Most of the georeferencing machinery for gridded datasets is
handled by the
Grid class: its capacity to handle
gridded datasets in a painless manner was one of the primary
motivations to develop Salem.
A point on earth can be defined unambiguously in two ways:
- DATUM (lon, lat, datum)
- longitudes and latitudes are angular coordinates of a point on an ellipsoid (often called “datum”)
- PROJ (x, y, projection)
- x (eastings) and y (northings) are cartesian coordinates of a point in a map projection (the unit of x, y is usually meter)
Salem adds a third coordinate reference system (crs) to this list:
- GRID (i, j, Grid)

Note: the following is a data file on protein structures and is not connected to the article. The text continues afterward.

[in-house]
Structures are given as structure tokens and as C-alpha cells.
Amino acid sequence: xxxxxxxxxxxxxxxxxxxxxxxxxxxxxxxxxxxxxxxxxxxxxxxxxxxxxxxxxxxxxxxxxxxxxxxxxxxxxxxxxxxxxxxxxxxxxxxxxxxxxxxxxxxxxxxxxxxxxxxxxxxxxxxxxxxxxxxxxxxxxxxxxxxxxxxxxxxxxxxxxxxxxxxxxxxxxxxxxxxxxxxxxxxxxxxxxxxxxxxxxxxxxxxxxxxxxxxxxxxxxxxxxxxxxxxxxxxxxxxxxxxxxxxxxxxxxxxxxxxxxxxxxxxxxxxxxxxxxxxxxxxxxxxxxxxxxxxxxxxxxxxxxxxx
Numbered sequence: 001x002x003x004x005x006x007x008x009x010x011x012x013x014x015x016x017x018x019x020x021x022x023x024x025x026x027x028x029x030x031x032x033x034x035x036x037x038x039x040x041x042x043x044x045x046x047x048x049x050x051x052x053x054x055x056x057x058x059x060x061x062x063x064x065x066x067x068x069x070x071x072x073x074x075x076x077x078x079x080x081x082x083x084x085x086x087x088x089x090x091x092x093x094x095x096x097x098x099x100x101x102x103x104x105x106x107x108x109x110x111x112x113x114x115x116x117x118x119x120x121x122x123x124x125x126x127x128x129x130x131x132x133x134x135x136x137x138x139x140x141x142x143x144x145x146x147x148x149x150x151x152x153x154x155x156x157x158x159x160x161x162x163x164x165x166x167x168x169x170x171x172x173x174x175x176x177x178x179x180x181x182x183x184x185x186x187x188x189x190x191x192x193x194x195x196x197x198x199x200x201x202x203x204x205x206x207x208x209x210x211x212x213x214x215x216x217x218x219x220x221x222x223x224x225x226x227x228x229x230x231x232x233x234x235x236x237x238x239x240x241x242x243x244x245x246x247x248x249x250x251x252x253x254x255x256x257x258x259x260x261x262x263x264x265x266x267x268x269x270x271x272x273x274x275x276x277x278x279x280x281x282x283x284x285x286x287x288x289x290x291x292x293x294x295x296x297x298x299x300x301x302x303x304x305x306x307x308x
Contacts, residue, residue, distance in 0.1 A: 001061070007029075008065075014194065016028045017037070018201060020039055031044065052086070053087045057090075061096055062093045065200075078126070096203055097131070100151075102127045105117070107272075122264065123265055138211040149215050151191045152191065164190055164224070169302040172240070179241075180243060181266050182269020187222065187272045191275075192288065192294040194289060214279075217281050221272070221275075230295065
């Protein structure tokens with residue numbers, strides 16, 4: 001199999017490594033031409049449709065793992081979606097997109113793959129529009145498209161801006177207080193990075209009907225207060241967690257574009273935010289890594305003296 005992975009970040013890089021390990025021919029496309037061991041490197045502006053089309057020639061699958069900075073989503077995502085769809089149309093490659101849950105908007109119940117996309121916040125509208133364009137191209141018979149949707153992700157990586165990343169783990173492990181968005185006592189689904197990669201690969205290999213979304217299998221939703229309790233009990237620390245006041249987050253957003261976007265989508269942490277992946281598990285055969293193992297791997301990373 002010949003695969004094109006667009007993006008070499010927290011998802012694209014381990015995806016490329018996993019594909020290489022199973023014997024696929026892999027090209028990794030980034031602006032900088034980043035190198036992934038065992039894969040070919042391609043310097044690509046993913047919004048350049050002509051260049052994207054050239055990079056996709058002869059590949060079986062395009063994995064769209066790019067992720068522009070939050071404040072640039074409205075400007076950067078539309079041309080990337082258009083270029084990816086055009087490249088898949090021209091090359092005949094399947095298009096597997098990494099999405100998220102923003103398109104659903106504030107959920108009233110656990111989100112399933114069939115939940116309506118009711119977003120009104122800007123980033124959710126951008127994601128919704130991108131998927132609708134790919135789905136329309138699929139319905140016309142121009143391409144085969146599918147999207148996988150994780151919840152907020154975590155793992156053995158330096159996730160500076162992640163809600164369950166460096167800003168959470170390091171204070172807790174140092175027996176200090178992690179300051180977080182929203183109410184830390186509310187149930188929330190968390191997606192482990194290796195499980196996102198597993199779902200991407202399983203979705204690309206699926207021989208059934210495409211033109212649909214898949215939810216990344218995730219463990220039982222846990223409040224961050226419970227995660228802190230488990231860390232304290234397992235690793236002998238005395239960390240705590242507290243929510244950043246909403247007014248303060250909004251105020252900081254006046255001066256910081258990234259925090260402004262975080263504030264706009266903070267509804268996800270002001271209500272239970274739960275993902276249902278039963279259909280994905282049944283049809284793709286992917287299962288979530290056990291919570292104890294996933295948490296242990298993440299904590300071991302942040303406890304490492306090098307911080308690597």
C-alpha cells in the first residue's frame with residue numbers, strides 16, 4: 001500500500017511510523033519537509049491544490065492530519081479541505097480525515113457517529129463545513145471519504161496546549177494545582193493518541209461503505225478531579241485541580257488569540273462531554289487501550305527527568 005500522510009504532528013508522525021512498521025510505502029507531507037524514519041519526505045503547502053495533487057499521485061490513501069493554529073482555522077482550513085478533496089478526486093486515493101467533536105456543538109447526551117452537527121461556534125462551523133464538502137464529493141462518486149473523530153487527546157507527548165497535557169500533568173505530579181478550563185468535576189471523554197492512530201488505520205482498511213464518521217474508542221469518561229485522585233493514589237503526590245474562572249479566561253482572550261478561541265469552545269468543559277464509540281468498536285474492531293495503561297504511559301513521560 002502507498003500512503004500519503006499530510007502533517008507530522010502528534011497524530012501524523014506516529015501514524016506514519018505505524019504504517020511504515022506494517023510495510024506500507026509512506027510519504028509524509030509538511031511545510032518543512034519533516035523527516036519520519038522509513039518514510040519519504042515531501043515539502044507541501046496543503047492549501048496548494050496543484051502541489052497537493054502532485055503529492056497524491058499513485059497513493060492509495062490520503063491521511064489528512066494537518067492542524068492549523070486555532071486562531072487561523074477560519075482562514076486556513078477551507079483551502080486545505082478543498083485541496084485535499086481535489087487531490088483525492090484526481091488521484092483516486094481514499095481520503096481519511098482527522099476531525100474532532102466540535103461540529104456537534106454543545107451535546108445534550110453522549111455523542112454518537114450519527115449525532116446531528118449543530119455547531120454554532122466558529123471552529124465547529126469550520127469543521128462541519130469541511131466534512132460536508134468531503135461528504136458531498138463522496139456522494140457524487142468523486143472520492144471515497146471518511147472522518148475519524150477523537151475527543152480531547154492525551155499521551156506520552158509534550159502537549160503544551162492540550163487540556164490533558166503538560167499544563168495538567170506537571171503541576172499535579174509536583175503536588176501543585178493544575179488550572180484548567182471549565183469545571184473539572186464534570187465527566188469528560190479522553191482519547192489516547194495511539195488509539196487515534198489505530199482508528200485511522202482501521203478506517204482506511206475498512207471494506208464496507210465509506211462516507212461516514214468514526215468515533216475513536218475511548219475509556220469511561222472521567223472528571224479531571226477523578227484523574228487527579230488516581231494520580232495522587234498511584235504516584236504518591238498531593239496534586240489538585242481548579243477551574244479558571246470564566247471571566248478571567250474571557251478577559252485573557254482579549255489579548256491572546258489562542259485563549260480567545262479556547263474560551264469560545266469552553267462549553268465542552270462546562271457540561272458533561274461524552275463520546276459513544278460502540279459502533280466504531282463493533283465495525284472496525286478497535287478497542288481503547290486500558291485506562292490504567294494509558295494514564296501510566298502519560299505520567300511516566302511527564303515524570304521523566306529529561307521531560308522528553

- on a structured grid, the (x, y) coordinates are distant of a constant (dx, dy) step. The (x, y) coordinates are therefore equivalent to a new reference frame (i, j) proportional to the projection’s (x, y) frame.
The concept of Grid added by Salem is useful when transforming data between two structured datasets, or from an unstructured dataset to a structured one.
|||Most datasets nowadays are defined in the WGS 84 datum, therefore the concepts of datum and projection are often interchangeable: (lon, lat) coordinates are equivalent to cartesian (x, y) coordinates in the plate carree projection.|
Grid is defined by a projection, a reference point in
this projection, a grid spacing and a number of grid points:
In : import numpy as np In : import salem In : from salem import wgs84 In : grid = salem.Grid(nxny=(3, 2), dxdy=(1, 1), x0y0=(0.5, 0.5), proj=wgs84) In : x, y = grid.xy_coordinates In : x Out: array([[0.5, 1.5, 2.5], [0.5, 1.5, 2.5]]) In : y